“Our team has provided medical care to literally hundreds of people. Some had very large and deep cuts from flying debris such as metal roofing sheets. In the room next door, in our town hall, a Japanese team was treating patients. Another office was turned into a delivery room where midwives helped moms give birth to their babies. Desks were turned into operating tables and ‘beds’ to deliver on. The cooperation between the various teams in the town hall went very well. On the ground floor, local medics focused on primary health care, vaccinations and screening of patients. The vice-mayor, also a doctor, took on a coordination role for all necessary medical aid. The moment most of our team left Tanauan we were able to pass on our clinic to a team of German doctors.
“After a few days, we took the initiative to engage in search and recovery activity as well. This was a felt need in the city. Local people didn’t really know what to do with the dead. In some neighborhoods the water had just subsided and the smell of the bodies indicated where they were located. At least two armed soldiers guarded us as we went out into the city to recover bodies that locals would guide us to. While carefully wearing our personal protection equipment we put the bodies in the body bags. Some bodies we needed to dig out from under the rubble. Others were floating in the water. Often military personnel helped us carry the full body bags to the road from where they were being picked up to be buried in mass graves. We recovered 21 bodies, including five children. Our attitude and actions seemed catalytic and mobilized the local communities. Often they too engaged and helped after we got started. They were very thankful for what we did.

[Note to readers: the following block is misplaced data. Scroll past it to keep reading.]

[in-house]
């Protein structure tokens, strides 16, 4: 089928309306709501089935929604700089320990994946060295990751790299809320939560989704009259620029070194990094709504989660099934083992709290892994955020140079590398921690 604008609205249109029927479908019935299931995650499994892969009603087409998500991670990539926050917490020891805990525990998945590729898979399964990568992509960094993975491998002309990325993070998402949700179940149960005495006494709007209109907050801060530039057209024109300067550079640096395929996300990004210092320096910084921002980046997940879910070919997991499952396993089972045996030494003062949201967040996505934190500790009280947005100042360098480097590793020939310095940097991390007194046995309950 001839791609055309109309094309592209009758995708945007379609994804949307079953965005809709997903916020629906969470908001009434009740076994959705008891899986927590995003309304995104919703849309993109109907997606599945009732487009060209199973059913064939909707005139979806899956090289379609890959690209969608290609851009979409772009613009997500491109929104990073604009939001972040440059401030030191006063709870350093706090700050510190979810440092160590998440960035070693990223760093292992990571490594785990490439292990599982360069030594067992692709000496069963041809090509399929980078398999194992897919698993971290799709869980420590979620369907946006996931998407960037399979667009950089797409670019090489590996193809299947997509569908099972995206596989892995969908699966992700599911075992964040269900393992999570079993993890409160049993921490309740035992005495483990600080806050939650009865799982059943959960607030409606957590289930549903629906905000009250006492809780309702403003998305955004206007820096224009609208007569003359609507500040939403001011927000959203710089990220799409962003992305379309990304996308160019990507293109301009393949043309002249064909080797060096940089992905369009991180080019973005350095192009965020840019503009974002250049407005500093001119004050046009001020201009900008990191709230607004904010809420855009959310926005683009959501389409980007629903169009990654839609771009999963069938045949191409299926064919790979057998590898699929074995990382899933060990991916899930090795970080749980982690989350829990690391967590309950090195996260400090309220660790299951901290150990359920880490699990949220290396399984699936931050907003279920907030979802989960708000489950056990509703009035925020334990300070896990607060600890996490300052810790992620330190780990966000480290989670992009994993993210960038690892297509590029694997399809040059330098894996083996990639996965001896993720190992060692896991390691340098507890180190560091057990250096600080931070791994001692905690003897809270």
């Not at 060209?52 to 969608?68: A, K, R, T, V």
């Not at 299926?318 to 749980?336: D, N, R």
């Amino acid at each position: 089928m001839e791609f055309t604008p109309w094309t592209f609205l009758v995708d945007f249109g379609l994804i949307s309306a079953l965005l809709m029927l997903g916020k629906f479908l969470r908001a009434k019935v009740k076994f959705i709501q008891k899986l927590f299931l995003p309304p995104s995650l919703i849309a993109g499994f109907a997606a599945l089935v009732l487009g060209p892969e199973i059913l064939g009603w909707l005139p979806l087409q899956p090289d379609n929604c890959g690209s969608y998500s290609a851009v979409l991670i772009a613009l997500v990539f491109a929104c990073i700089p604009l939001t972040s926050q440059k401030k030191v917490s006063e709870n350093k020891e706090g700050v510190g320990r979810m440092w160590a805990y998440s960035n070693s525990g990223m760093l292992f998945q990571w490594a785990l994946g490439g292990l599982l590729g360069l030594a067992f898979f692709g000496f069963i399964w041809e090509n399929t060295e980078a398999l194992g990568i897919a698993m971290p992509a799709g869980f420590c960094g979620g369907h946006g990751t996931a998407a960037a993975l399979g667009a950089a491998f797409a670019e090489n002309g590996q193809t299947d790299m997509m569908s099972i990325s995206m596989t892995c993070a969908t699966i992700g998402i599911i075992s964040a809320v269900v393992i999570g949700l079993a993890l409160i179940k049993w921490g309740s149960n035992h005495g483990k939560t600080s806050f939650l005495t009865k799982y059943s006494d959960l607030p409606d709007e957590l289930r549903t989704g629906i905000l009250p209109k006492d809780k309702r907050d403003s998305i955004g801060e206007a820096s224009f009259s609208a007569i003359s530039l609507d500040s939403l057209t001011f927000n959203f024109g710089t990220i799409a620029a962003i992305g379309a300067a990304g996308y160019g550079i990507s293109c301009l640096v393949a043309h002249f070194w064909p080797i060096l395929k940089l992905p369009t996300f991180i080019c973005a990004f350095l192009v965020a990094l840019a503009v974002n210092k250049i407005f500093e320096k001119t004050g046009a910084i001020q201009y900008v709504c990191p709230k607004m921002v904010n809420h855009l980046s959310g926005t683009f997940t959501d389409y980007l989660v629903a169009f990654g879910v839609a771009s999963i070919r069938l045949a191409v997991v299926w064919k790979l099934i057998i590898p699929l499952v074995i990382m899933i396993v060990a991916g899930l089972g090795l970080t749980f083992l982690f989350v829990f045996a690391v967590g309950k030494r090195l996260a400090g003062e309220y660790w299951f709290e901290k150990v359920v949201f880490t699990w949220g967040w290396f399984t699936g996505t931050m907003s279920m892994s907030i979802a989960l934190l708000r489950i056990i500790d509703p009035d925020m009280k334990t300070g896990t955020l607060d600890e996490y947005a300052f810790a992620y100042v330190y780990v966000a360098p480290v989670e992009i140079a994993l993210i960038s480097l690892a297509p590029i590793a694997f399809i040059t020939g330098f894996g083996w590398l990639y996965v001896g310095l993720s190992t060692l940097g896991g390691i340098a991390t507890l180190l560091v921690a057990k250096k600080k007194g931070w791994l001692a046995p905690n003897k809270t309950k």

“All practical talents of our team could be fully utilized. Almost daily the guys spent some time on the town hall’s roof, which had completely blown off. With tarps, ropes and whatever we could find we tried to cover parts of the town hall in order to keep some water out. Daily we had some big rain showers. Still too much water kept coming in and many ceilings had already come down because of that. We did all we could to keep the place as dry and as safe as possible.